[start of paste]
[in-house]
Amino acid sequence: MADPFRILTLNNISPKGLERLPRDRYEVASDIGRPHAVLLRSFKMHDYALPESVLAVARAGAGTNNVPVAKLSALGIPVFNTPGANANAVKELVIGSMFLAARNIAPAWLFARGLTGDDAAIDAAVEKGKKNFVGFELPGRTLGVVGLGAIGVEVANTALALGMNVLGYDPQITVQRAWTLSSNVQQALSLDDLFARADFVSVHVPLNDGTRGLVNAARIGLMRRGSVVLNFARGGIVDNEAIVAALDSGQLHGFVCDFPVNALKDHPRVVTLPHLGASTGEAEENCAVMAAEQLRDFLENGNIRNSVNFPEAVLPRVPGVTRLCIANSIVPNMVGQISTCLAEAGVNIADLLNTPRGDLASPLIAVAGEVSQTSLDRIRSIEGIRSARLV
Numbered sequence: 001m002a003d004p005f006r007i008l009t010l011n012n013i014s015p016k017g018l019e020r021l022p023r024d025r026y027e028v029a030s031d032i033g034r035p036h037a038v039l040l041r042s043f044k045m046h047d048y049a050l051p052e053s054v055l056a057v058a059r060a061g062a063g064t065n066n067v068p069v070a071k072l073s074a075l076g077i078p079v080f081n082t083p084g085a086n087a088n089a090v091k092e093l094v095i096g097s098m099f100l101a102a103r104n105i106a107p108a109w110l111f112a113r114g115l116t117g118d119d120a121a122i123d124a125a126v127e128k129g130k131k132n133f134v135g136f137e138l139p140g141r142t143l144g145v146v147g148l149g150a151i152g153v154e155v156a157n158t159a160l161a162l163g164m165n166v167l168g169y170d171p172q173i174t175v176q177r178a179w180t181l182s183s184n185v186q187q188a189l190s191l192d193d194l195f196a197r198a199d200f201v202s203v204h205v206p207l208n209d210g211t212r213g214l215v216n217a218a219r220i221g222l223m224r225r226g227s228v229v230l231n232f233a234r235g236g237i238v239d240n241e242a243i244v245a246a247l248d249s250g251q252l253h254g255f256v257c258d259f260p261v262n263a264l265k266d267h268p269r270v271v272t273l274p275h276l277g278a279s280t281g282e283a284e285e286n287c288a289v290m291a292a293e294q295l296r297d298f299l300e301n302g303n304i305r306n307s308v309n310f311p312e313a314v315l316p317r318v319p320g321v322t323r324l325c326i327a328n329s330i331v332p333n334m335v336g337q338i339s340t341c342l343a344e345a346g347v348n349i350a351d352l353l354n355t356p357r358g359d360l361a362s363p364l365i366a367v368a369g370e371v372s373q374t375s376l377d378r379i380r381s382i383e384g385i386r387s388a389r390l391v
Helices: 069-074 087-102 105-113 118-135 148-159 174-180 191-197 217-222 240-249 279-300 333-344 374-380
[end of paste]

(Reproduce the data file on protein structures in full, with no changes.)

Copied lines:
[in-house]
Amino acid sequence: MADPFRILTLNNISPKGLERLPRDRYEVASDIGRPHAVLLRSFKMHDYALPESVLAVARAGAGTNNVPVAKLSALGIPVFNTPGANANAVKELVIGSMFLAARNIAPAWLFARGLTGDDAAIDAAVEKGKKNFVGFELPGRTLGVVGLGAIGVEVANTALALGMNVLGYDPQITVQRAWTLSSNVQQALSLDDLFARADFVSVHVPLNDGTRGLVNAARIGLMRRGSVVLNFARGGIVDNEAIVAALDSGQLHGFVCDFPVNALKDHPRVVTLPHLGASTGEAEENCAVMAAEQLRDFLENGNIRNSVNFPEAVLPRVPGVTRLCIANSIVPNMVGQISTCLAEAGVNIADLLNTPRGDLASPLIAVAGEVSQTSLDRIRSIEGIRSARLV
Numbered sequence: 001m002a003d004p005f006r007i008l009t010l011n012n013i014s015p016k017g018l019e020r021l022p023r024d025r026y027e028v029a030s031d032i033g034r035p036h037a038v039l040l041r042s043f044k045m046h047d048y049a050l051p052e053s054v055l056a057v058a059r060a061g062a063g064t065n066n067v068p069v070a071k072l073s074a075l076g077i078p079v080f081n082t083p084g085a086n087a088n089a090v091k092e093l094v095i096g097s098m099f100l101a102a103r104n105i106a107p108a109w110l111f112a113r114g115l116t117g118d119d120a121a122i123d124a125a126v127e128k129g130k131k132n133f134v135g136f137e138l139p140g141r142t143l144g145v146v147g148l149g150a151i152g153v154e155v156a157n158t159a160l161a162l163g164m165n166v167l168g169y170d171p172q173i174t175v176q177r178a179w180t181l182s183s184n185v186q187q188a189l190s191l192d193d194l195f196a197r198a199d200f201v202s203v204h205v206p207l208n209d210g211t212r213g214l215v216n217a218a219r220i221g222l223m224r225r226g227s228v229v230l231n232f233a234r235g236g237i238v239d240n241e242a243i244v245a246a247l248d249s250g251q252l253h254g255f256v257c258d259f260p261v262n263a264l265k266d267h268p269r270v271v272t273l274p275h276l277g278a279s280t281g282e283a284e285e286n287c288a289v290m291a292a293e294q295l296r297d298f299l300e301n302g303n304i305r306n307s308v309n310f311p312e313a314v315l316p317r318v319p320g321v322t323r324l325c326i327a328n329s330i331v332p333n334m335v336g337q338i339s340t341c342l343a344e345a346g347v348n349i350a351d352l353l354n355t356p357r358g359d360l361a362s363p364l365i366a367v368a369g370e371v372s373q374t375s376l377d378r379i380r381s382i383e384g385i386r387s388a389r390l391v
Helices: 069-074 087-102 105-113 118-135 148-159 174-180 191-197 217-222 240-249 279-300 333-344 374-380